If a prospective customer asked about your trust program or security policies, where would you send them? Chances are, you’d need to send an NDA, hunt down documentation, go back and forth via email, and answer a litany of questions. SafeBase is the better way. SafeBase’s Smart Trust Center allows you to send *one link* to customers or buyers, so they can easily access the security and compliance information they need. Meanwhile, you get more control over who has access to your documents, and for how long. Build customer trust the smart way with SafeBase – learn more at

Microsoft expands OpenAI investment

Microsoft announced a new “multi-year, multi-billion dollar investment” in OpenAI. Semafor’s sources said earlier this month the deal could be worth up to $10 billion, and could reportedly give Microsoft a 49% stake in the company. Microsoft previously invested $1 billion in OpenAI back in 2019, gaining an exclusive licnese to tech for GPT-3. OpenAI said the investment will allow it “to continue our independent research and develop AI that is increasingly safe, useful, and powerful.” Microsoft will become the exclusive cloud partner for OpenAI services. In exchange it will provide supercomputer assets to aid in OpenAI’s research.

(Security Week)

Sliver is the new Cobalt Strike

Researchers at Cybereason published a new advisory that threat actors increasingly use the open-source Sliver C2 framework rather than Cobalt Strike. Sliver initially came out in 2020. It uses Golang for better cross-platform support, and includes useful features like dynamic code generation. Overall usage numbers remain low but growing, mainly seeing usage with the Russian SVR, Cozy Bear, and the BumbleBee malware family. Like Cobalt Strike, Sliver was developed for security professionals as a pen test tool.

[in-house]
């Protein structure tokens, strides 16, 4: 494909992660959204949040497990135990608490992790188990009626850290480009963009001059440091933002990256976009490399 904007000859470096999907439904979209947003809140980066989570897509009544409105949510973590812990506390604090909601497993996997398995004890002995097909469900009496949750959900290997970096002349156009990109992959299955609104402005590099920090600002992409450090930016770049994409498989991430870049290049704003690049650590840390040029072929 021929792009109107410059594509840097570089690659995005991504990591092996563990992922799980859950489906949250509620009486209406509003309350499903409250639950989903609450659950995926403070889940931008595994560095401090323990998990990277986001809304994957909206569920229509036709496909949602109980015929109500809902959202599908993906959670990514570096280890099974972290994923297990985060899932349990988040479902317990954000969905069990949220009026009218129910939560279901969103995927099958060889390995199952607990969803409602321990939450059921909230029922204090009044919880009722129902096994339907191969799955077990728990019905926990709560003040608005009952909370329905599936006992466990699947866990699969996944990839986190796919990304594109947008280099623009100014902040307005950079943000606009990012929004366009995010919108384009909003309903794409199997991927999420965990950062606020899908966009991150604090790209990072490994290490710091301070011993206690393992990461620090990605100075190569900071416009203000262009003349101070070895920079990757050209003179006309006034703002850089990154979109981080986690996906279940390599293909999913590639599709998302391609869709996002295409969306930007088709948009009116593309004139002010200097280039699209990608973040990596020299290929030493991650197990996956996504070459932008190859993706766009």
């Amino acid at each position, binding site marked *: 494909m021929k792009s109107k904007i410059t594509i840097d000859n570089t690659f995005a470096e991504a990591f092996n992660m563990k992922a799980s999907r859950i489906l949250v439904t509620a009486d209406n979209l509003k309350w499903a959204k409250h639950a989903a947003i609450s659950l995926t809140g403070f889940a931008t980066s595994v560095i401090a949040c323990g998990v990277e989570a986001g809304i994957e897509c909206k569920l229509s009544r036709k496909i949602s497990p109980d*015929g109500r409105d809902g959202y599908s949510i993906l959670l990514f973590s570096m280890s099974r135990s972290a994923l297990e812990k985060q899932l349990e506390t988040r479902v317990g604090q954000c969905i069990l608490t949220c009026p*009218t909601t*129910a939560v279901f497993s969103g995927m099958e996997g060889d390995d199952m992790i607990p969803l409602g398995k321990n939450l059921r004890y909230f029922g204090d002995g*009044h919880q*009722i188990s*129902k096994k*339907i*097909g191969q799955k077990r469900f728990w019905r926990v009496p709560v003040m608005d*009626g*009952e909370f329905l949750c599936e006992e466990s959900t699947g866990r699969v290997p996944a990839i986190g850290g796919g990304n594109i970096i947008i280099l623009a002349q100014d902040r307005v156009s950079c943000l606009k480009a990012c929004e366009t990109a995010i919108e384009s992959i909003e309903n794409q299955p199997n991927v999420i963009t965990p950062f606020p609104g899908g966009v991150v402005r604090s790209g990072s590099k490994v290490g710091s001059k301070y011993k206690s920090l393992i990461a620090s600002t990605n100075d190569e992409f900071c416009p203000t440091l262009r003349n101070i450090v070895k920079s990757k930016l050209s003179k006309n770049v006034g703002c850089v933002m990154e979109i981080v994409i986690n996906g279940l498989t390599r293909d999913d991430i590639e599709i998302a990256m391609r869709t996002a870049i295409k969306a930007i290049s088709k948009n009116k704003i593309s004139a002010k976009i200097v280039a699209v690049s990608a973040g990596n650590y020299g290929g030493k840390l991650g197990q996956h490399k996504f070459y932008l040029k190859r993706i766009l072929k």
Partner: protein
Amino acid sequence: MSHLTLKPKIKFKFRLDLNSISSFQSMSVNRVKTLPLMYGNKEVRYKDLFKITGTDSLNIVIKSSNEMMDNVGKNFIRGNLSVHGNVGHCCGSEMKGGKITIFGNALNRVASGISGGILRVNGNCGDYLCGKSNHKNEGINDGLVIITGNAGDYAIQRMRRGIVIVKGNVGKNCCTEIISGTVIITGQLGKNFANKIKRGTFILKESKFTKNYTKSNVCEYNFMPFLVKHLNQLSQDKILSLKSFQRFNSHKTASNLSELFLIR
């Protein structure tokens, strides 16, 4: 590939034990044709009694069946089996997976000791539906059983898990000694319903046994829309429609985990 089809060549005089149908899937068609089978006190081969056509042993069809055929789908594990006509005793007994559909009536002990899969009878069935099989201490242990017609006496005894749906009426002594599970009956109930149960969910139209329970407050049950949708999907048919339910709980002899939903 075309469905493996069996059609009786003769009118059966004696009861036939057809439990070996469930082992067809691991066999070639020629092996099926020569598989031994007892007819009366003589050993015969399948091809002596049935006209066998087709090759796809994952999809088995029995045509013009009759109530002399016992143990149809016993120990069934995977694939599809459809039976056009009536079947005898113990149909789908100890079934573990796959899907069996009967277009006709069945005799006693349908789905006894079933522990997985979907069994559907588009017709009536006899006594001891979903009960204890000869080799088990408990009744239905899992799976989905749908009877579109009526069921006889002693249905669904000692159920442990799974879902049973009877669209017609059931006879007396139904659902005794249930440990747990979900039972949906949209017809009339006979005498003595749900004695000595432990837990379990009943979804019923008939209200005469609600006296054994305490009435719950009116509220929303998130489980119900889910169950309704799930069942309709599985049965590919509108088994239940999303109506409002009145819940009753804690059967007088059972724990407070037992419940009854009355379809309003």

(InfoSecurity Magazine)

Google Ads invites abused for spam

Bleeping Computer shared user reports of this practice. Spammers send out legitimate Google Ad invites, which appear from an authentic account, and invite the user to gain access to the account’s admin interface. However the spammer found a way to redirect these links to adult dating websites that try to collect personal information. Because the attackers send these as legitimate Google Ads emails, users cannot simply designate them as spam or block the address. This address is used for all Google Ads emails, so it could result in real messages getting lost. 

(Bleeping Computer)

Routers can see through walls

Researchers at Carnegie Mellon published research showing how two Wi-Fi routers could be used to sense humans through walls, able to distinguish 3D shape and general pose. This used a deep neural network called DensePose which mapped Wi-Fi signal strength to coordinates. DensePose does not represent the break through here, the software has been out there for a while. Rather its using a cheap off-the-shelf router as a 1D sensor to capture this data. Typical DensePose used RBG camera, LiDAR, and radar. The researchers proposed the tech for home health care and other benevolent use cases, but it doesn’t take much to consider the privacy implications. 


Rich Stroffolino is a podcaster, editor and writer based out of Cleveland, Ohio. He's spent the past five years creating media for technology enthusiasts and IT practitioners. He dreams of someday writing the oral history of Transmeta.